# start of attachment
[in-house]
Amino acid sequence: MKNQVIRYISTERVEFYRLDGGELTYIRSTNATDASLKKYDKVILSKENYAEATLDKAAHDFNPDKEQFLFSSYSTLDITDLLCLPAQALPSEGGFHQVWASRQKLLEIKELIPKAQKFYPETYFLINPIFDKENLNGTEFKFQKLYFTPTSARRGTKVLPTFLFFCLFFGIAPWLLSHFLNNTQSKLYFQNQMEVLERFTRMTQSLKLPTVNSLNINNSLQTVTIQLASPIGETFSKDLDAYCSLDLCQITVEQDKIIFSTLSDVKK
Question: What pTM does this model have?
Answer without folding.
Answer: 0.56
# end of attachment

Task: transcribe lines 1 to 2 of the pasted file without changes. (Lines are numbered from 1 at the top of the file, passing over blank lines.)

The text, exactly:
[in-house]
Amino acid sequence: MKNQVIRYISTERVEFYRLDGGELTYIRSTNATDASLKKYDKVILSKENYAEATLDKAAHDFNPDKEQFLFSSYSTLDITDLLCLPAQALPSEGGFHQVWASRQKLLEIKELIPKAQKFYPETYFLINPIFDKENLNGTEFKFQKLYFTPTSARRGTKVLPTFLFFCLFFGIAPWLLSHFLNNTQSKLYFQNQMEVLERFTRMTQSLKLPTVNSLNINNSLQTVTIQLASPIGETFSKDLDAYCSLDLCQITVEQDKIIFSTLSDVKK